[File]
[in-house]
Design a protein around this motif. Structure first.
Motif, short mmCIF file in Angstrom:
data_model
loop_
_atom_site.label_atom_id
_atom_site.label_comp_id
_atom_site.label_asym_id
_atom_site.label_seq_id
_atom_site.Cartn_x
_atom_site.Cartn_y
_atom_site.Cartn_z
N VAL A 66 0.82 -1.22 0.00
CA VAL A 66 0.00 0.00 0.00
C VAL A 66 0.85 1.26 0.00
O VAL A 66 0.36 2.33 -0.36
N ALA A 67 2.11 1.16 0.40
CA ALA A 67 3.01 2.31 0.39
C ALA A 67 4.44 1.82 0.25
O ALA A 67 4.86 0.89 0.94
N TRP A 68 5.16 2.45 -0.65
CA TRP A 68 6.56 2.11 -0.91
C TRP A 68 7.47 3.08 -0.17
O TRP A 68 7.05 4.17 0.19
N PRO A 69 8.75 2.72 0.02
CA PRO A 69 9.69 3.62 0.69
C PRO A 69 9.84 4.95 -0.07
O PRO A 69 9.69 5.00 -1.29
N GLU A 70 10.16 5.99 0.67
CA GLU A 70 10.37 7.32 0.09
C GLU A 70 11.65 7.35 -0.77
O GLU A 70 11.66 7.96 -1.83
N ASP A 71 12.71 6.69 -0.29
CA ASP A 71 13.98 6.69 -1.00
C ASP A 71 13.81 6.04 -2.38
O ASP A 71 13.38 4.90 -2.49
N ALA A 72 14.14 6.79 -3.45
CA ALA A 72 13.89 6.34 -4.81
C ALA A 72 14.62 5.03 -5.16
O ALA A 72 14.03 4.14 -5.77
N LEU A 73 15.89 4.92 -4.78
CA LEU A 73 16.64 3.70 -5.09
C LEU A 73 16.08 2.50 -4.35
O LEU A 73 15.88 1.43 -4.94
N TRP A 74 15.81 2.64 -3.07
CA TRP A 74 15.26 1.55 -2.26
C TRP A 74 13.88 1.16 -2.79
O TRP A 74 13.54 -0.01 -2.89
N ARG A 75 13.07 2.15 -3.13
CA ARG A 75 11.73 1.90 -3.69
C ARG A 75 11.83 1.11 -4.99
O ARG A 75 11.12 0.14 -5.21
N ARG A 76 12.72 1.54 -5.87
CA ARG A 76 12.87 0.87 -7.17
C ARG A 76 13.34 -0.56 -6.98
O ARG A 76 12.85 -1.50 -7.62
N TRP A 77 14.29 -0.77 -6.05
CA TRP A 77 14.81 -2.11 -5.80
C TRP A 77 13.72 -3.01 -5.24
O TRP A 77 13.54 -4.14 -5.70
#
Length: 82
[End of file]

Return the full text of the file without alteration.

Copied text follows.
[in-house]
Design a protein around this motif. Structure first.
Motif, short mmCIF file in Angstrom:
data_model
loop_
_atom_site.label_atom_id
_atom_site.label_comp_id
_atom_site.label_asym_id
_atom_site.label_seq_id
_atom_site.Cartn_x
_atom_site.Cartn_y
_atom_site.Cartn_z
N VAL A 66 0.82 -1.22 0.00
CA VAL A 66 0.00 0.00 0.00
C VAL A 66 0.85 1.26 0.00
O VAL A 66 0.36 2.33 -0.36
N ALA A 67 2.11 1.16 0.40
CA ALA A 67 3.01 2.31 0.39
C ALA A 67 4.44 1.82 0.25
O ALA A 67 4.86 0.89 0.94
N TRP A 68 5.16 2.45 -0.65
CA TRP A 68 6.56 2.11 -0.91
C TRP A 68 7.47 3.08 -0.17
O TRP A 68 7.05 4.17 0.19
N PRO A 69 8.75 2.72 0.02
CA PRO A 69 9.69 3.62 0.69
C PRO A 69 9.84 4.95 -0.07
O PRO A 69 9.69 5.00 -1.29
N GLU A 70 10.16 5.99 0.67
CA GLU A 70 10.37 7.32 0.09
C GLU A 70 11.65 7.35 -0.77
O GLU A 70 11.66 7.96 -1.83
N ASP A 71 12.71 6.69 -0.29
CA ASP A 71 13.98 6.69 -1.00
C ASP A 71 13.81 6.04 -2.38
O ASP A 71 13.38 4.90 -2.49
N ALA A 72 14.14 6.79 -3.45
CA ALA A 72 13.89 6.34 -4.81
C ALA A 72 14.62 5.03 -5.16
O ALA A 72 14.03 4.14 -5.77
N LEU A 73 15.89 4.92 -4.78
CA LEU A 73 16.64 3.70 -5.09
C LEU A 73 16.08 2.50 -4.35
O LEU A 73 15.88 1.43 -4.94
N TRP A 74 15.81 2.64 -3.07
CA TRP A 74 15.26 1.55 -2.26
C TRP A 74 13.88 1.16 -2.79
O TRP A 74 13.54 -0.01 -2.89
N ARG A 75 13.07 2.15 -3.13
CA ARG A 75 11.73 1.90 -3.69
C ARG A 75 11.83 1.11 -4.99
O ARG A 75 11.12 0.14 -5.21
N ARG A 76 12.72 1.54 -5.87
CA ARG A 76 12.87 0.87 -7.17
C ARG A 76 13.34 -0.56 -6.98
O ARG A 76 12.85 -1.50 -7.62
N TRP A 77 14.29 -0.77 -6.05
CA TRP A 77 14.81 -2.11 -5.80
C TRP A 77 13.72 -3.01 -5.24
O TRP A 77 13.54 -4.14 -5.70
#
Length: 82